Af­ter the War­riors com­mit­ted two costly turnovers. Du­rant drilled his first 3 of the night to tie the game at 118 with 44 sec­onds left. Though Curry went 1-of-4 from the field and Justin Jack­son in sep­a­rate deals, which brought Har­ri­son Barnes and Alec Burks to the Kings.

“To go 5-1 on this home stand is ter­rific,” coach Dave Jo­erger said of the Kings, who are 19-11 at home this sea­son. “We had some spe­cial per­for­mances over this home stand and again tonight by Marvin Ba­gley, who’s find­ing his way.”

It will be a while be­fore Kings fans see their team play at home – 17 days to be ex­act. It’s the long­est pe­riod be­tween home games this sea­son, one day longer than when the Kings went on a sea­son-long, six-game trip last month that started in Char­lotte and ended against the Los An­ge­les Clip­pers.

Sacra­mento has one more game be­fore the All-star break, Wed­nes­day against the Nuggets in Den­ver. Af­ter the break, the Kings play three road con­tests be­fore re­turn­ing home Feb. 27 face the East­ern Con­fer­ence­lead­ing Mil­wau­kee Bucks.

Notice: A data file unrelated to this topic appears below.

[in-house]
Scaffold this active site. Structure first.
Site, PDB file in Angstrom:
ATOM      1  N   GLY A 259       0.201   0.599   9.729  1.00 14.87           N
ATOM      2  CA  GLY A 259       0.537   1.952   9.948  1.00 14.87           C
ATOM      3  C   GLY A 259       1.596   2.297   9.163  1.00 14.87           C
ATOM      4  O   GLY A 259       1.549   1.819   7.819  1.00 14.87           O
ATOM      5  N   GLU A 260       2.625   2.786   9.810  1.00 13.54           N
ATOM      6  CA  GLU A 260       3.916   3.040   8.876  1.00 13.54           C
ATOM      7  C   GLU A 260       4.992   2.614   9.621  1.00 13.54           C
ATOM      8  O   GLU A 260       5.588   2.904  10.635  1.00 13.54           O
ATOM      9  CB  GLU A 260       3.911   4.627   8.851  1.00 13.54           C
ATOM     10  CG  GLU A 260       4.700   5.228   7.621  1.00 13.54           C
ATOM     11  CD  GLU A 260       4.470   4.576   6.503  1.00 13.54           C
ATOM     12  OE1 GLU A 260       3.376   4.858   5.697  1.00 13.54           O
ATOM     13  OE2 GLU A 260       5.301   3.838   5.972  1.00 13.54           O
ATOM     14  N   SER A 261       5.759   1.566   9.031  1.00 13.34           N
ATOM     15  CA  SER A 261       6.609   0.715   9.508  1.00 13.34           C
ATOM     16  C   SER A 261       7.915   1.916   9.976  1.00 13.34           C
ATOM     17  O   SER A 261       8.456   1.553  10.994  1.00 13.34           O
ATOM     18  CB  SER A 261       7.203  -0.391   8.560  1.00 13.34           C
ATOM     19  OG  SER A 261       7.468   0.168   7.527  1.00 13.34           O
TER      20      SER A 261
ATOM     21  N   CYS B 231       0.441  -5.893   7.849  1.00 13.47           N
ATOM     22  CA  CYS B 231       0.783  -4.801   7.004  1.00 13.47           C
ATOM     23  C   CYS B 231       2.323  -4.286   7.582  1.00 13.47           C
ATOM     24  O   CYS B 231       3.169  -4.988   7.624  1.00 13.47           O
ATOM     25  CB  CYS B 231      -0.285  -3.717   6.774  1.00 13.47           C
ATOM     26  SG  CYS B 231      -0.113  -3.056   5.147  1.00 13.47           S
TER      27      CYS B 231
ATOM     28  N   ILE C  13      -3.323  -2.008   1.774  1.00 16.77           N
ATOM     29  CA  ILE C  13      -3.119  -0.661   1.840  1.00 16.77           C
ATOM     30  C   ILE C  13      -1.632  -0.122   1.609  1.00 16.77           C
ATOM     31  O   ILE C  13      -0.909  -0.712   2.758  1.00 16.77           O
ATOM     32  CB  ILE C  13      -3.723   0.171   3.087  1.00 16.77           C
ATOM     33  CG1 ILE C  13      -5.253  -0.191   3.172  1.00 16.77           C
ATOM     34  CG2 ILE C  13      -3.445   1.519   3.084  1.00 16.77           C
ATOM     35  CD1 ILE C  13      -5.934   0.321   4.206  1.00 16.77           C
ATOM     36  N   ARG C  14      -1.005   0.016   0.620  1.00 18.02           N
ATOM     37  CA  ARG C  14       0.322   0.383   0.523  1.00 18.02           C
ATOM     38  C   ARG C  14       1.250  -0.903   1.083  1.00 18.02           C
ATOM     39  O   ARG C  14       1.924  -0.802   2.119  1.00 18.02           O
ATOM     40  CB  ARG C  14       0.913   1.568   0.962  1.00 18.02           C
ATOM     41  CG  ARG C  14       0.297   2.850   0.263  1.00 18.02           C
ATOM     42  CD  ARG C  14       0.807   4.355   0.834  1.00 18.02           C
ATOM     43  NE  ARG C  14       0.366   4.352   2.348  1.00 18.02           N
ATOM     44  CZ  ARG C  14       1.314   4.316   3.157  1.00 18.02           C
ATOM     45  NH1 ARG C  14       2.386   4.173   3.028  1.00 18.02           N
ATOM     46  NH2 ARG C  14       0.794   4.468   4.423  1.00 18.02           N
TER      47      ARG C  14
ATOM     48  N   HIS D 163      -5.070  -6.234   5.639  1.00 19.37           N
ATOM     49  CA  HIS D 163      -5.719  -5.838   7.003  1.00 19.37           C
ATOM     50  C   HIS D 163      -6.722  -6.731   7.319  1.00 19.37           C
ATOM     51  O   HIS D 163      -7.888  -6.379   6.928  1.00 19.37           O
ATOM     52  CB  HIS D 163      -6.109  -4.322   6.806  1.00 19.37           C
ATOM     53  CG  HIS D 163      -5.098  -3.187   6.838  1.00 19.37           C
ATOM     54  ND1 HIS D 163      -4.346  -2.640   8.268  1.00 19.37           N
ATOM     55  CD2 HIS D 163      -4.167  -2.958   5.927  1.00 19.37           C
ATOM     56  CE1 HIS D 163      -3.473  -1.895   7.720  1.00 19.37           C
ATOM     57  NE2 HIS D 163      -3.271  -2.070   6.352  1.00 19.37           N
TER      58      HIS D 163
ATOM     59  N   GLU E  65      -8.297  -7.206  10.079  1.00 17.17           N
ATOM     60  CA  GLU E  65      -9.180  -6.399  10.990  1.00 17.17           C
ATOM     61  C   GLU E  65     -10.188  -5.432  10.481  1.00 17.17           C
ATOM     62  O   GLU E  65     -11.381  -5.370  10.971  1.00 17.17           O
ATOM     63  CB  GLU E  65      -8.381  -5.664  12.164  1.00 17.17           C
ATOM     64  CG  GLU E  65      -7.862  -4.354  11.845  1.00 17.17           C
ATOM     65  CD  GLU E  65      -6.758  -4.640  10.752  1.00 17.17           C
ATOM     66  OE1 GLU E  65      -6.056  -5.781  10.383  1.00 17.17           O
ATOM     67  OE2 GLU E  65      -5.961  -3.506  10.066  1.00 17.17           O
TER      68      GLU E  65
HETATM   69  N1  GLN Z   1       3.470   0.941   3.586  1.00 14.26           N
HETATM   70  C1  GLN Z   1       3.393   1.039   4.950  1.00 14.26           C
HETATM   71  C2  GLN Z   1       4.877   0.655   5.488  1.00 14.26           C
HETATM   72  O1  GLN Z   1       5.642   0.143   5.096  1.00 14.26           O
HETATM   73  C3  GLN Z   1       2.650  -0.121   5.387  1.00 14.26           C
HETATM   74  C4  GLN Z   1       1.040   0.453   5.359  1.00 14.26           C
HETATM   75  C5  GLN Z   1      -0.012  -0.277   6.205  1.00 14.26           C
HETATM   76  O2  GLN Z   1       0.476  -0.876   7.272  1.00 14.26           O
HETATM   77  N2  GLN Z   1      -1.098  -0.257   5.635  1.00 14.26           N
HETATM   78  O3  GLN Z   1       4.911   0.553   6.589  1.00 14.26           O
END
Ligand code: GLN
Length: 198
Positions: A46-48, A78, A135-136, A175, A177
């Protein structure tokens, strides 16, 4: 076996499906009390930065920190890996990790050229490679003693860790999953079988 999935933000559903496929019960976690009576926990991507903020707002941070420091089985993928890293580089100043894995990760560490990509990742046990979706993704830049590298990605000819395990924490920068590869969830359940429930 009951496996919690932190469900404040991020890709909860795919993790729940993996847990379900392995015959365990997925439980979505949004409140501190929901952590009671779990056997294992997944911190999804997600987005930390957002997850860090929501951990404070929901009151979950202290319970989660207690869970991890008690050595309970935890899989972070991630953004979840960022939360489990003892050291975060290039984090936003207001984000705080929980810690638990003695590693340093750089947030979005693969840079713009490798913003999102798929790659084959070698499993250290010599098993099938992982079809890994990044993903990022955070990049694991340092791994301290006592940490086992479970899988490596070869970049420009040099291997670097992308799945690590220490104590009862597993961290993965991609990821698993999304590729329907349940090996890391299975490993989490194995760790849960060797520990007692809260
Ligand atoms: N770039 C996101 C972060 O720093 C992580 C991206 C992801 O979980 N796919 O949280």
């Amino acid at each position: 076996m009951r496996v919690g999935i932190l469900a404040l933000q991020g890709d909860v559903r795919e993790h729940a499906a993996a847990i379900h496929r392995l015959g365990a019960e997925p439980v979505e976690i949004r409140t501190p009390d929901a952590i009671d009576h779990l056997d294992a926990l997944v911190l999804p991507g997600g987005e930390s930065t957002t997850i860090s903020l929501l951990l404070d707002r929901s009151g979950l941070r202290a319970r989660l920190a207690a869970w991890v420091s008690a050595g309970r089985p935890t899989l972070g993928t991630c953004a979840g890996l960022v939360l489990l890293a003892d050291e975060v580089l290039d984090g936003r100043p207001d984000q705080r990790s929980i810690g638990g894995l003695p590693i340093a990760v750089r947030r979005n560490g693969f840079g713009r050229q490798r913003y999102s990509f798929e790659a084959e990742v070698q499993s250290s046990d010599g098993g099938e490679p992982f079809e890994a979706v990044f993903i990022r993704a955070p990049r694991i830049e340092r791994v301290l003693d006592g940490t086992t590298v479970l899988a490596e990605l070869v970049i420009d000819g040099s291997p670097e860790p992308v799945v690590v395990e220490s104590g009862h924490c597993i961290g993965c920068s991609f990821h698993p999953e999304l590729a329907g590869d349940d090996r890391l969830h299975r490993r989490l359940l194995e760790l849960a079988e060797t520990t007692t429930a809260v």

En­ter­ing Sun­day with a one-stroke ad­van­tage, Langer birdied five of his first seven holes in the fi­nal

on con­tend­ing.

“As an or­ga­ni­za­tion here, we’re re­ally lucky,” Lon­go­ria said. “This or­ga­ni­za­tion spends money. We’re never go­ing to have to worry about try­ing to put the best prod­uct on the field. But as play­ers, the fear is that there’s other or­ga­ni­za­tions that don’t care about that. That are po­ten­tially tank­ing.”

Many mem­bers of the team’s core are op­ti­mistic the club will re­bound from back-to-back los­ing sea­sons if play­ers are able to stay healthy and main­tain con­sis­tent pro­duc­tion lev­els. But even man­ager Bruce Bochy ac­knowl­edged that an of­fense that has fin­ished sec­ond-to-last in runs scored in each of the past two years is in­com­plete.

“There’s still some moves that will be made be­fore the sea­son starts,” Bochy promised.

Upon his hir­ing in Novem­ber, Zaidi was given the free­dom to over­haul the Gi­ants’ ros­ter as he sees fit. The for­mer Dodgers gen­eral man­ager promised a me­thod­i­cal ap­proach, but as the sea­son draws near, Gi­ants fans and play­ers are grow­ing restless. in the first quar­ter, he went 8-of-14 the rest of the way. And af­ter al­low­ing Du­rant and Curry to han­dle most of the work­load through the first three quar­ters, Thomp­son scored 14 fourth-quar­ter points.

The War­riors achieved this of­fen­sive utopia by en­sur­ing bal­ance in shot at­tempts to Du­rant (24), Thomp­son (21).

The Heat (25-29) fea­tured Josh Richard­son (37), Wait­ers (24), Jus­tise Winslow (22) and Dwyane Wade (10) log­ging dou­ble fig­ures. They com­bined to go 18of-43 from 3-point range.

Getty Im­ages/tns

Bern­hard Langer of Ger­many plays his sec­ond shot dur­ing the fi­nal round of the Oa­sis Cham­pi­onship at The Old Course at Bro­ken Sound on Sun­day in Boca Ra­ton, Fla